Preimplantation Genetic Diagnosis (PGD) is a set of techniques specifically developed to test the genetic background of preimplantation human embryos. In order for PGD to be performed, human embryos must be available for analysis prior to the implantation. Therefore, only parents undergoing IVF procedure can benefit from this technology.
Four major reasons for PGD
- One or both parents are the carriers of a single-gene disorder (Cystic Fibrosis, beta-Thalassemia, Tay-Sachs, etc).
- One of the parents is a carrier of a chromosomal aberration (translocation, inversion, deletion).
- A baby of a specific sex is desired by parents for family balancing, or because of a sex-linked genetic disorder, or due to some personal reasons.
- Aneuploidy screening (PGD-AS, or PGS) for the patients going through IVF infertility treatment, who wish to improve their chances for normal pregnancy.
For the first three groups, PGD provides the only alternative to recurrent miscarriages and abortions. It is only for the last group of patients, that the reasons for going through PGD are not so obvious. These are the patients of advanced maternal age (AMA, women over the age of 36), patients with recurrent pregnancy loss (RPL), and patients with failed IVF cycles. These patients have no known genetic disorders, but they wish to improve their chance for a successful IVF cycle. Currently the majority of PGD cases are performed for this group of patients.
Why do genetically normal parents select PGD?
Genetically normal parents produce genetically abnormal embryos in great numbers, and the evidence for this is disturbingly abundant:
- Thousands of babies with Down Syndrome are born in the US every year. About the same number of babies with lesser-known chromosomal disorders (Kleinfelter's, Turner's, Patau's, Edward's) are also born to genetically normal parents.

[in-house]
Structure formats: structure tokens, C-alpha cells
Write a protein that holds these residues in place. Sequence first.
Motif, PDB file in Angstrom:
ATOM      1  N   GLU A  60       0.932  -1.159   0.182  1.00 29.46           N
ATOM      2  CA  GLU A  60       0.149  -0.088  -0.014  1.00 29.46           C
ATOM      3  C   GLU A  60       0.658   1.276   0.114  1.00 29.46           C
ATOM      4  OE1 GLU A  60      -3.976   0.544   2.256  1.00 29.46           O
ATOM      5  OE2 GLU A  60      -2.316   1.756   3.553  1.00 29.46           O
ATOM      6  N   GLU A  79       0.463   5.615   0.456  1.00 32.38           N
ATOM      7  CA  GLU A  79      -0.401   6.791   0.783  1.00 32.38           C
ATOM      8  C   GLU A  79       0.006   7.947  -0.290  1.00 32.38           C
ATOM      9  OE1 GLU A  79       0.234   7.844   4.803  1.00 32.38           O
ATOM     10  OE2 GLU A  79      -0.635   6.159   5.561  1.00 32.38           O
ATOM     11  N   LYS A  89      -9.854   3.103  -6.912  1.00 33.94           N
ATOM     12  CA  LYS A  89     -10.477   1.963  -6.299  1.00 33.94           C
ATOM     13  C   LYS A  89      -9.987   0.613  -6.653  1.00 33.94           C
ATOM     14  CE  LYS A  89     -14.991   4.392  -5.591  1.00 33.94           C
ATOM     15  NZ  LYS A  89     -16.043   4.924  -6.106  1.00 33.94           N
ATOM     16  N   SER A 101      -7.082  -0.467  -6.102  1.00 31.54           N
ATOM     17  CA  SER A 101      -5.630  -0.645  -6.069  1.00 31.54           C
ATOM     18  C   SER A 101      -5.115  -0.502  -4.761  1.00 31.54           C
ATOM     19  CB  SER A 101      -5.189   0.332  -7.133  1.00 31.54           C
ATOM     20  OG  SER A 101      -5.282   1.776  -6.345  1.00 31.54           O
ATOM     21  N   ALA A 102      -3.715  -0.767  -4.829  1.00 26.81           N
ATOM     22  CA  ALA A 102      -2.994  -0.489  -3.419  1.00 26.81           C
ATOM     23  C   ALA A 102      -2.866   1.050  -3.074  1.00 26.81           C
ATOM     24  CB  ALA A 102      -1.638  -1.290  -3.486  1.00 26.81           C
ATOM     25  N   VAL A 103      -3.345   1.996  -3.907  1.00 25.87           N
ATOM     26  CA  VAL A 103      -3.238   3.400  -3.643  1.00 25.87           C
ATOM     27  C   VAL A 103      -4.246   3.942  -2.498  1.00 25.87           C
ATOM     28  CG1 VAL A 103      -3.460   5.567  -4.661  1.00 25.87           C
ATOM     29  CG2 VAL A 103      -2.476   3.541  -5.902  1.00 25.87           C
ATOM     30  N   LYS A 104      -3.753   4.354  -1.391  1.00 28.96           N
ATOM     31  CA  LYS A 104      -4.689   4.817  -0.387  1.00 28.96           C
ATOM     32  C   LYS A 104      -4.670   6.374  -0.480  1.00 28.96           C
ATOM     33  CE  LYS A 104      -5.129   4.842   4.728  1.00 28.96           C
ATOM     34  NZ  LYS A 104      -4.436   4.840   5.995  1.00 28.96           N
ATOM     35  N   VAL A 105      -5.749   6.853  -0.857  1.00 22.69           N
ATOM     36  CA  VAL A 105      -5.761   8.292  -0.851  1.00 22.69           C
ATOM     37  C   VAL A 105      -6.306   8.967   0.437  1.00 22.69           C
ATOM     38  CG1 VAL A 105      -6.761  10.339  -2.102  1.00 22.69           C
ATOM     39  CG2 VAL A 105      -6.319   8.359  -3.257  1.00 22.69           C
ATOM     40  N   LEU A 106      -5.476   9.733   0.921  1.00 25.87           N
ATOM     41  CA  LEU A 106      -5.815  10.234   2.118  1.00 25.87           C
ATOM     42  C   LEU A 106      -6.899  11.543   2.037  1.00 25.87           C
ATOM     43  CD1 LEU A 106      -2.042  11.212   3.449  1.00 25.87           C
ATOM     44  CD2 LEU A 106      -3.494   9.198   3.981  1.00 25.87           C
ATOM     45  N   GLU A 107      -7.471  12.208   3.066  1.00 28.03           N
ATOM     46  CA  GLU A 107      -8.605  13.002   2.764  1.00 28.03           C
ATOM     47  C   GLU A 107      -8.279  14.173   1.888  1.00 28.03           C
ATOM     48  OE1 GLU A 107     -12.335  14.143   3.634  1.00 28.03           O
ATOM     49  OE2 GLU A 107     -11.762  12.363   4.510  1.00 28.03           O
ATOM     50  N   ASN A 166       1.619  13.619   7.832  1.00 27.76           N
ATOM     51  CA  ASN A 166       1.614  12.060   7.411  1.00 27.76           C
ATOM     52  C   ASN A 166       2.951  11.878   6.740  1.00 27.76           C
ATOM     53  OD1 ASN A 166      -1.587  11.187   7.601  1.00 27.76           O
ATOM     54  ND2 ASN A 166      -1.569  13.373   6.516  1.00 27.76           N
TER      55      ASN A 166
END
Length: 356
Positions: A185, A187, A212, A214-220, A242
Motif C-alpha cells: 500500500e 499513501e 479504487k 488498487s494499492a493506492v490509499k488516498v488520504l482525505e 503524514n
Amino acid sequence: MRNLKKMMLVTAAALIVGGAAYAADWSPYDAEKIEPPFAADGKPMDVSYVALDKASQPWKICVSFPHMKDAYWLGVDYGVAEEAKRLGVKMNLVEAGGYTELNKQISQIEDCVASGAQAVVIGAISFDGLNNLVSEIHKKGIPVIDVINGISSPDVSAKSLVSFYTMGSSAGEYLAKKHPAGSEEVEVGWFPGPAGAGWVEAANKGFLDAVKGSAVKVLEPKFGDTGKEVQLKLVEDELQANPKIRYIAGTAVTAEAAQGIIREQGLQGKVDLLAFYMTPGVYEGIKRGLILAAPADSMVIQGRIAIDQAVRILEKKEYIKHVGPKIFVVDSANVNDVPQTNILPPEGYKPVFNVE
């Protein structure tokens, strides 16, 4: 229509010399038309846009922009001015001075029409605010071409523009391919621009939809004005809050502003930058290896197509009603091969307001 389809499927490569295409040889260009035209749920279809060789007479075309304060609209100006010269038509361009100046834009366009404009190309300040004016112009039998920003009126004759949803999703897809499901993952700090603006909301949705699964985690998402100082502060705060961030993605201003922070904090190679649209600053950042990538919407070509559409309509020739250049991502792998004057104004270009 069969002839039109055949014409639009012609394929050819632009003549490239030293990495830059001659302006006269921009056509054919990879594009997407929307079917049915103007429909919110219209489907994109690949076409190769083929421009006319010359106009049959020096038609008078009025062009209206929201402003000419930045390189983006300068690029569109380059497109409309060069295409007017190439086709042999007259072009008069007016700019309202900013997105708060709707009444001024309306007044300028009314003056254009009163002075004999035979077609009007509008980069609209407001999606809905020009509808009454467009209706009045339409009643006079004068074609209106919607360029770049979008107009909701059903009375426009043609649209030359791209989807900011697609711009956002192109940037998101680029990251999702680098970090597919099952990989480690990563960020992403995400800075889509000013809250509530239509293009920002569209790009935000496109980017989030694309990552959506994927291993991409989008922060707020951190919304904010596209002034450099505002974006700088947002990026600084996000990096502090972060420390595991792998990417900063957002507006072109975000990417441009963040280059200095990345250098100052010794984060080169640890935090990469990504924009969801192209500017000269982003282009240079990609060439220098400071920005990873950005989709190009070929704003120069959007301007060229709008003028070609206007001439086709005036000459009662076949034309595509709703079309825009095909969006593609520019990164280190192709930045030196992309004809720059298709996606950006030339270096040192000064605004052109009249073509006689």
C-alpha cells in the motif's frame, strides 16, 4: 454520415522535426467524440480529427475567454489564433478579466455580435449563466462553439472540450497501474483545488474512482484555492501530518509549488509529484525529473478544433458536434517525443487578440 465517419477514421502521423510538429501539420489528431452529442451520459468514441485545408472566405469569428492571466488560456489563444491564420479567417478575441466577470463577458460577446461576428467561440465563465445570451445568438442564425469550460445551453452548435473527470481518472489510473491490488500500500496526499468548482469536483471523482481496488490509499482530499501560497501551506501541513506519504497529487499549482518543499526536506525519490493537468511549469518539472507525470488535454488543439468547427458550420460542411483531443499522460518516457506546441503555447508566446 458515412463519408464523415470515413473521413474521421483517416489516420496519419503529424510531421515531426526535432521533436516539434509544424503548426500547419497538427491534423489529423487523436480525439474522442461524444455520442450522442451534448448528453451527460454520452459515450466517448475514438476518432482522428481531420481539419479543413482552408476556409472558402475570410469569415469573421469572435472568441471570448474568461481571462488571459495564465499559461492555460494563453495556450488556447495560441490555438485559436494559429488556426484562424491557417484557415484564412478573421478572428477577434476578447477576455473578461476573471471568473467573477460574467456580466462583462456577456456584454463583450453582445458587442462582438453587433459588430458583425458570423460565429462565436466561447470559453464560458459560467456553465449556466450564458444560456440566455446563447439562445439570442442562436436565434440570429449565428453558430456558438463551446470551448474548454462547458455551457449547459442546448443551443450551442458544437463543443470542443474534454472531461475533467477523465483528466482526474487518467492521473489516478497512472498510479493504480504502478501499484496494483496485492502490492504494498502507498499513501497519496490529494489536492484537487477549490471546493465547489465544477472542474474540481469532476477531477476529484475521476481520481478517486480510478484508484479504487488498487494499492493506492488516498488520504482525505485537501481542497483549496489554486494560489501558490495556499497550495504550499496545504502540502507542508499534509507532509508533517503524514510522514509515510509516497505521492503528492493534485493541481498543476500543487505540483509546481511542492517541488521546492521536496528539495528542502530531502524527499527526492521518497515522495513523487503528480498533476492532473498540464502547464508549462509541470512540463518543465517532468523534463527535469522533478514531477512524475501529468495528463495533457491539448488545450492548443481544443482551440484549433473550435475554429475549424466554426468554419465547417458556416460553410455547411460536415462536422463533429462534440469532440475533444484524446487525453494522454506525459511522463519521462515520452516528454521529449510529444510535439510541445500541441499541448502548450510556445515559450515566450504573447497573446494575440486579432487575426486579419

- At least 15-20% of all human fetuses end up as detectable spontaneous abortions. About half of these embryos abort because they are chromosomally abnormal. A chance in the 7-10% range for miscarriage due to genetic abnormalities is a serious risk, but this number still does not quite reveal the urgency for PGD.
- Failed pregnancies. This happens to every couple trying to conceive. According to some estimates, over 75% of all human conceptions abort before the first missed menstrual cycle. Thanks to PGD we know why this happens. By being able to test human embryos at the very first stages of development PGD reveals the magnitude of the pool of genetic abnormalities generated by humankind. On average, more than half of the embryos of an IVF patient in her mid- to late-thirties are genetically abnormal, or aneuploid. Nature, it seems, found an extremely wasteful, but probably the easiest, way of dealing with genetic abnormalities. Athough generated in large numbers, most genetically abnormal conceptions perish prior to or shortly after implantation.
During an IVF cycle, when so much hope, efforts, and financial investments go into a single attempt, selection should be at the level of individual embryos, not failed pregnancies! By identifying aneuploid embryos, PGD insures that only those embryos which have a chance to establish a normal pregnancy are transferred.